Identify Potential Data Sources - From spreadsheets to external data repositories, there are a variety of potential data sources that can feed into your VIVO instance. See VIVO Data - what and from where. You’ll need to identify which data types and data sources are best aligned with the overall goals for your implementation. See Policy and planning questions for VIVO data. It can take some time to evaluate the data content and quality in order to forecast your ingest strategy. See Data source specifications for implementation and Design of PubmedFetch.
Map Data To Ontologies -The value of the semantic web lies within the ability to define data using widely accepted ontologies. See How to plan data ingest for VIVO. Understanding your data in order to accurately map to the VIVO-ISF ontology is an important step. See VIVO-ISF Ontology. Mapping to an ontology begins as a conceptual design process on a piece of paper or using a diagramming tool such as Vue. Your final data mapping will occur using a tool such as Karma. For more details about using Karma to map your data and produce VIVO compliant semantic web data please visit the Using Karma data integration tool page. Your mapping strategy will not only affect the searchability of your data, but also how easily it can be aggregated and reused by other systems.
Document Data Cleanup Strategy - Because linked data has a greater potential to be shared and aggregated, data consistency is crucial. Depending on the quality and variability in your data sources, you may need to plan for data cleanup and/or data “munging” prior to loading into VIVO. See How to manage data cleanup in VIVO. It is also important to standardize and document your data cleanup strategy. Cleanup can be done manually or semi-automated. For a list of suggested cleanup tools see Name disambiguation and entity resolution.
Prepare Data Loads - Depending on how your technical roles are defined, this task will be shared between your data staff/domain experts and your developers. This is when ontology mapping goes from conceptual diagrams to actual RDF generation. Preparation of the data loads involves:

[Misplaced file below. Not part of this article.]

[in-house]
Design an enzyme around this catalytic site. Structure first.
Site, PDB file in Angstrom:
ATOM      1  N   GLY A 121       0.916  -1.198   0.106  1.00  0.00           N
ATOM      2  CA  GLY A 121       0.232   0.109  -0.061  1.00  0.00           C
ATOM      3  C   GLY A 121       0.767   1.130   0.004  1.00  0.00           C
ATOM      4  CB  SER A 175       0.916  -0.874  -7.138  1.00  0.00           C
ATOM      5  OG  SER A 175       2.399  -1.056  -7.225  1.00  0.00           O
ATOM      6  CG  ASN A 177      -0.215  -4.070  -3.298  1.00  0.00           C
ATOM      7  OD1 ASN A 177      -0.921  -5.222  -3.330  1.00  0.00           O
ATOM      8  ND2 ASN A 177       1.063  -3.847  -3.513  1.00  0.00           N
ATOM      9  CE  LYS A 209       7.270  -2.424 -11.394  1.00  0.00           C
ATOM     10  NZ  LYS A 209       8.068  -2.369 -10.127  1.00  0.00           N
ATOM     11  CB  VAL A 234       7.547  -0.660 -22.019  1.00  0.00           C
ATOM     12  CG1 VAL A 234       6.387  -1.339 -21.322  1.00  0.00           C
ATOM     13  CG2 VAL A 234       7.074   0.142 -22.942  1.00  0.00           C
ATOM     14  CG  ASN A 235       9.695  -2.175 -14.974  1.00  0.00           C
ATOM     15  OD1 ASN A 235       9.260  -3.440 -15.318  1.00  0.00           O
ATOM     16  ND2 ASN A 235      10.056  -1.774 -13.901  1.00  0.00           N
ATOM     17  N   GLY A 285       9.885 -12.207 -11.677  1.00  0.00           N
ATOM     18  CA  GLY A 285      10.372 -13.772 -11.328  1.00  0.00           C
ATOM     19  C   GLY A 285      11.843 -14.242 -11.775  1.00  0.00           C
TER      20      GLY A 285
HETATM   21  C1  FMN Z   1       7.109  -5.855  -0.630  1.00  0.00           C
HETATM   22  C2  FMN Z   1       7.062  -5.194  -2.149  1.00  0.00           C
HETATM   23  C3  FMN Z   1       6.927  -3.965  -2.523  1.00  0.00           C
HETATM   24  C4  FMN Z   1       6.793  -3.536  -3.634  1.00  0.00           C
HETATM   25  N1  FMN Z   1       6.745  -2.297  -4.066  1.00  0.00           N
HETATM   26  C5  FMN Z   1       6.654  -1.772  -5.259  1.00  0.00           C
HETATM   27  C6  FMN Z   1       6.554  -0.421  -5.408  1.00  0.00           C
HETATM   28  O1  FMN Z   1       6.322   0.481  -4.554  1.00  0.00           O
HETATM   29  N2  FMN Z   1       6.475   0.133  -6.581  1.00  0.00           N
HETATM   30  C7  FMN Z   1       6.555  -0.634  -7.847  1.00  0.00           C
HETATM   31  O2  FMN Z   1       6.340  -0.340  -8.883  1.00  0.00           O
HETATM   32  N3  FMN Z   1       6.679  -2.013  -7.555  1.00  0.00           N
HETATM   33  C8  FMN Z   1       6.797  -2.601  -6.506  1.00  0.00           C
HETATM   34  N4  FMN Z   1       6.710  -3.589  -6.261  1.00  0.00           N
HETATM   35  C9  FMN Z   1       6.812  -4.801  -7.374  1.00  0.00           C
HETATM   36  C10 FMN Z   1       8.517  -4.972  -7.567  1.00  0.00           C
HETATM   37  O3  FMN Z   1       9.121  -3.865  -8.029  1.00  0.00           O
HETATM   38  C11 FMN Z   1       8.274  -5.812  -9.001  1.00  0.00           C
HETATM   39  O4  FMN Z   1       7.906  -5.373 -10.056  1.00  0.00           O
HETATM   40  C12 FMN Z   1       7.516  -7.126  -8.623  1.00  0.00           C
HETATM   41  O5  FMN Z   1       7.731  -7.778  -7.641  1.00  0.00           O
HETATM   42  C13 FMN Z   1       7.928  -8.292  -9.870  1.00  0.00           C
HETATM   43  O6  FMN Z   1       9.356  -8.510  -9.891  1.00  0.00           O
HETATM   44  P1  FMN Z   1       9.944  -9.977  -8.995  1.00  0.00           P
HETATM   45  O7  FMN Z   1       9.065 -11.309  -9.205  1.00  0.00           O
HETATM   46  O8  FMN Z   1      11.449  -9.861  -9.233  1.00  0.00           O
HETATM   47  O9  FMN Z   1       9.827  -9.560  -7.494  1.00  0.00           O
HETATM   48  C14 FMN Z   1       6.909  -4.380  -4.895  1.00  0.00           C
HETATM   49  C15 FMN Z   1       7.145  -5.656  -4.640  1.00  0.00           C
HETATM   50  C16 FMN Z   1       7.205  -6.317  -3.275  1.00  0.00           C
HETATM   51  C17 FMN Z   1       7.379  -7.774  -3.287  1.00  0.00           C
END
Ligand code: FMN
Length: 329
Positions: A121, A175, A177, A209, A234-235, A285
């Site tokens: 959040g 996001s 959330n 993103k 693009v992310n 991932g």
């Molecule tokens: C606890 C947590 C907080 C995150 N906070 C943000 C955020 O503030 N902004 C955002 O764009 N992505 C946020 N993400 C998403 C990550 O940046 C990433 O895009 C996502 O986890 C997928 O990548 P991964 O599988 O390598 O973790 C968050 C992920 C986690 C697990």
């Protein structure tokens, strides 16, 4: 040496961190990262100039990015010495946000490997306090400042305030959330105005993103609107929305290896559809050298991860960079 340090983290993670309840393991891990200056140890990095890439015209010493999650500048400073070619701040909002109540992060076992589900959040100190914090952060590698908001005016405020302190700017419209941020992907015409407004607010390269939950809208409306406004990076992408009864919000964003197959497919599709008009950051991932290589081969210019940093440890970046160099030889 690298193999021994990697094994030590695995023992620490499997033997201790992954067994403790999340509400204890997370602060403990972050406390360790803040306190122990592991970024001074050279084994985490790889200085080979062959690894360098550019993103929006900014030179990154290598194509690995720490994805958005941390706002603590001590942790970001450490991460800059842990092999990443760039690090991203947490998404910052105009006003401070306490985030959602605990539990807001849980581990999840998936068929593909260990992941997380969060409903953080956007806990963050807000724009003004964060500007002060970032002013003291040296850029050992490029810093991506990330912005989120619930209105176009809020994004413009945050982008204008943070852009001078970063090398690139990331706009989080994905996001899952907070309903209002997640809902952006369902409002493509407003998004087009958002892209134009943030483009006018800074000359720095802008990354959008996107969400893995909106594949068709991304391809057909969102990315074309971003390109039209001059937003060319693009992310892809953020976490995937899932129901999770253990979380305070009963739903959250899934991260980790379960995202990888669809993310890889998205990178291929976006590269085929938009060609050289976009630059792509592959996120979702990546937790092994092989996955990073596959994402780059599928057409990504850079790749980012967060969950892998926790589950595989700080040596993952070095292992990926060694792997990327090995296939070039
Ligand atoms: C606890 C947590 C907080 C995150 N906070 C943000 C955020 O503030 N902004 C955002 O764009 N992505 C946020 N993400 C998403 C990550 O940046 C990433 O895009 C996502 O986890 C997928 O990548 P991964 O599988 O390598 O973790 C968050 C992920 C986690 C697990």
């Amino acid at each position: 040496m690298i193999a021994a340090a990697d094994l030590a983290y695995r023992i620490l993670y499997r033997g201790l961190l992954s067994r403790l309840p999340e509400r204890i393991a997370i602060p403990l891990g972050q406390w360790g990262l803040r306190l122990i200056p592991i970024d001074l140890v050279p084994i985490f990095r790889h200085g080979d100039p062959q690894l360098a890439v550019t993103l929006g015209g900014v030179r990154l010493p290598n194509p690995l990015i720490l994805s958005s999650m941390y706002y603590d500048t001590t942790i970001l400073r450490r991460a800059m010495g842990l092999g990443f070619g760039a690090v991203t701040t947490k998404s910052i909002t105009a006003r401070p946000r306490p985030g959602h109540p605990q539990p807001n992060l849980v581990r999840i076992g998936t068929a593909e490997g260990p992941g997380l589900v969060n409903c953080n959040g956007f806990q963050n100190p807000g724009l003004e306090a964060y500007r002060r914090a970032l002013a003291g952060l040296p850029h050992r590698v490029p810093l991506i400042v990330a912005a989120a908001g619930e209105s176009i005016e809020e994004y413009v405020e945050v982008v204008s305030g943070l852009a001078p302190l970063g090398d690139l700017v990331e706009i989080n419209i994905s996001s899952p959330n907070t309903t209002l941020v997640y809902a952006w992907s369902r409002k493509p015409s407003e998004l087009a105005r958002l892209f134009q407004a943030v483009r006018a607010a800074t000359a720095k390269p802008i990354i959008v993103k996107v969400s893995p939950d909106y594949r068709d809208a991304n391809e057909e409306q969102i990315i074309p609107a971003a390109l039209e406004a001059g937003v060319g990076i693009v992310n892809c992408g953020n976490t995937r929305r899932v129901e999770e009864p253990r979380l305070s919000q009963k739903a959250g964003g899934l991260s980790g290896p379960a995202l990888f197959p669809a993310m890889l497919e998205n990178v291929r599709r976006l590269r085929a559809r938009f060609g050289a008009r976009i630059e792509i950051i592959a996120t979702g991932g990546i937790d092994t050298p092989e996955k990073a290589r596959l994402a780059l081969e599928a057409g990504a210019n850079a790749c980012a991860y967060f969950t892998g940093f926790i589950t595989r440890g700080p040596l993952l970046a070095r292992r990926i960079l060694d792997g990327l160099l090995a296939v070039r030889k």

- executing the data cleanup strategy
- physically mapping the data to the ontology
- verifying the RDF generated.
Document Data Provenance -Maintenance of the data in your VIVO instance requires thorough documentation of your data flow. Some of this information may be documented internally, while some of it will make sense to load in VIVO as part of the metadata. See Provenance Ontology.
Route Data Cleanup Requests - From the cleanup strategy identified for the initial ingest, you will need to determine which are ongoing tasks and what the frequency will be going forward. Once your VIVO instance is established, you will want to work with management and to identify the resources and workflow by which data maintenance requests will be addressed. See Data Maintenance. You may have noticed inconsistencies or missing data during your initial ingest that could not be addressed in batch. It is good to be aware of potential cleanup requests and have an established method for correcting the data. See Monitoring for quality.
Support Data Provisioning - One of the fun parts of getting your data into VIVO is finding out all of the creative ways it can be reused in other systems. See Finding VIVO Data with the University of Florida Public SPARQL Endpoint. Setting up a SPARQL endpoint is one way to write customized queries for data consumers. See Setting up a VIVO SPARQL Endpoint. SPARQL query results can be run periodically and exported in several common formats such as .csv and .xml. For example queries see Rich export SPARQL queries. Web developers may find the VIVO widgets to be a useful way to consume VIVO data as JSON.
Manage Ontology Updates - Ontologies can be updated to add or remove terms as a domain becomes better defined. Ontology changes can be initialized from within your institution (ex. an identifier specific to your institution) or externally (ex. a deprecated term identified by an international standards organization). The ontology change can be adopted at the level of the the VIVO ontology, or it can be a change done locally within your institution, aka a “local extension”. For an example, see Ontology Extensions -- Duke. Local extensions can easily become duplicate ways of defining the same type of information, so it can be helpful to collaborate with the VIVO ontology community when deciding whether or not you need to create a local extension. To the extent that it is relevant to the broader VIVO community, it is important that over time, local ontology extensions get incorporated into the VIVO core ontology.
Add New Data & Sources - Data curation is an ongoing task and including new data types or new data sources will most likely be an aspect of maintaining your VIVO instance. You may find that your initial implementation draws more interest from owners of data repositories you hadn’t considered. You may want to prioritize new data sources based on the data quality and volume, as well as the number of new ontology mappings required. As an example, see Activating the ORCID integration.